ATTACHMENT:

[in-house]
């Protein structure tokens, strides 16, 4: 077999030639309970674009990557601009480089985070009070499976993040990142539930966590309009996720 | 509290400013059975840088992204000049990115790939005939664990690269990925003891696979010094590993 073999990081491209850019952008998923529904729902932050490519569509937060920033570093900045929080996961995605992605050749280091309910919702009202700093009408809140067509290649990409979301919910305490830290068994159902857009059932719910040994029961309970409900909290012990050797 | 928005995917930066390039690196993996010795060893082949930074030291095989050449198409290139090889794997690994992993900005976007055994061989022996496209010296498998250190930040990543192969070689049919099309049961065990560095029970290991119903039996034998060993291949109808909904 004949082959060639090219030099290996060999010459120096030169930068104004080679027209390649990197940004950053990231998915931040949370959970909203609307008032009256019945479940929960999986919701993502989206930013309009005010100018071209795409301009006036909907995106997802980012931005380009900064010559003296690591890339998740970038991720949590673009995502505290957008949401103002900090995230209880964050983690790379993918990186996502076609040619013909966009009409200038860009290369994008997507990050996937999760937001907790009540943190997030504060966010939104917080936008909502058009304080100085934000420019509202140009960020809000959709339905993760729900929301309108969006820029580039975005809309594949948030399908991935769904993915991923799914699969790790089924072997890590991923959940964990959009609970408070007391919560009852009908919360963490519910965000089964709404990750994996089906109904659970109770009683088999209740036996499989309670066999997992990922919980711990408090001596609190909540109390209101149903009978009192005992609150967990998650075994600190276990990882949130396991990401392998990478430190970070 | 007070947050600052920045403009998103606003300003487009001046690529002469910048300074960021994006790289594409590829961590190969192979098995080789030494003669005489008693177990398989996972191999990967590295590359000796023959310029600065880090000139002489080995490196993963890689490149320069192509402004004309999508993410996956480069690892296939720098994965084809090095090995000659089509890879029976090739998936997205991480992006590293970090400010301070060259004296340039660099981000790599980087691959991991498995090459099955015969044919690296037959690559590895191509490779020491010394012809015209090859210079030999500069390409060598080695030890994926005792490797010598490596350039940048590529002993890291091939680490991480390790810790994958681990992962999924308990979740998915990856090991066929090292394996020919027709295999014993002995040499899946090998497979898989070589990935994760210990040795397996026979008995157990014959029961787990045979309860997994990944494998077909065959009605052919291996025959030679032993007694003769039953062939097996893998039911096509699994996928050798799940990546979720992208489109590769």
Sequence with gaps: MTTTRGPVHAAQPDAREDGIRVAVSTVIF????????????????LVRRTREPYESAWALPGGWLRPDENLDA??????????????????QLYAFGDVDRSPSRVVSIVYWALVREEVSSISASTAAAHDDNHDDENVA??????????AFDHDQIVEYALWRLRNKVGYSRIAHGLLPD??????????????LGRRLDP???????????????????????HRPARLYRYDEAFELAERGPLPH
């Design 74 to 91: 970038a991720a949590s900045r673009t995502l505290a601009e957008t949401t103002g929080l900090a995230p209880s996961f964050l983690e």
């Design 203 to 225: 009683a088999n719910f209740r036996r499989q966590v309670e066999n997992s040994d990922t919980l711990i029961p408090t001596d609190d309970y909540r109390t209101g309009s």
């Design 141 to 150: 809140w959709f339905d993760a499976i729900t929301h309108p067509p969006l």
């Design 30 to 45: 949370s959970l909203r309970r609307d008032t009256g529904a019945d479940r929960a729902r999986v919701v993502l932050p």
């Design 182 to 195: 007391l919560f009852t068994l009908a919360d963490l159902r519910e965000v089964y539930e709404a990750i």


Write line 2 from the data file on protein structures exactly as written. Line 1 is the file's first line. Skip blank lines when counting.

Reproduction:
């Protein structure tokens, strides 16, 4: 077999030639309970674009990557601009480089985070009070499976993040990142539930966590309009996720 | 509290400013059975840088992204000049990115790939005939664990690269990925003891696979010094590993 073999990081491209850019952008998923529904729902932050490519569509937060920033570093900045929080996961995605992605050749280091309910919702009202700093009408809140067509290649990409979301919910305490830290068994159902857009059932719910040994029961309970409900909290012990050797 | 928005995917930066390039690196993996010795060893082949930074030291095989050449198409290139090889794997690994992993900005976007055994061989022996496209010296498998250190930040990543192969070689049919099309049961065990560095029970290991119903039996034998060993291949109808909904 004949082959060639090219030099290996060999010459120096030169930068104004080679027209390649990197940004950053990231998915931040949370959970909203609307008032009256019945479940929960999986919701993502989206930013309009005010100018071209795409301009006036909907995106997802980012931005380009900064010559003296690591890339998740970038991720949590673009995502505290957008949401103002900090995230209880964050983690790379993918990186996502076609040619013909966009009409200038860009290369994008997507990050996937999760937001907790009540943190997030504060966010939104917080936008909502058009304080100085934000420019509202140009960020809000959709339905993760729900929301309108969006820029580039975005809309594949948030399908991935769904993915991923799914699969790790089924072997890590991923959940964990959009609970408070007391919560009852009908919360963490519910965000089964709404990750994996089906109904659970109770009683088999209740036996499989309670066999997992990922919980711990408090001596609190909540109390209101149903009978009192005992609150967990998650075994600190276990990882949130396991990401392998990478430190970070 | 007070947050600052920045403009998103606003300003487009001046690529002469910048300074960021994006790289594409590829961590190969192979098995080789030494003669005489008693177990398989996972191999990967590295590359000796023959310029600065880090000139002489080995490196993963890689490149320069192509402004004309999508993410996956480069690892296939720098994965084809090095090995000659089509890879029976090739998936997205991480992006590293970090400010301070060259004296340039660099981000790599980087691959991991498995090459099955015969044919690296037959690559590895191509490779020491010394012809015209090859210079030999500069390409060598080695030890994926005792490797010598490596350039940048590529002993890291091939680490991480390790810790994958681990992962999924308990979740998915990856090991066929090292394996020919027709295999014993002995040499899946090998497979898989070589990935994760210990040795397996026979008995157990014959029961787990045979309860997994990944494998077909065959009605052919291996025959030679032993007694003769039953062939097996893998039911096509699994996928050798799940990546979720992208489109590769």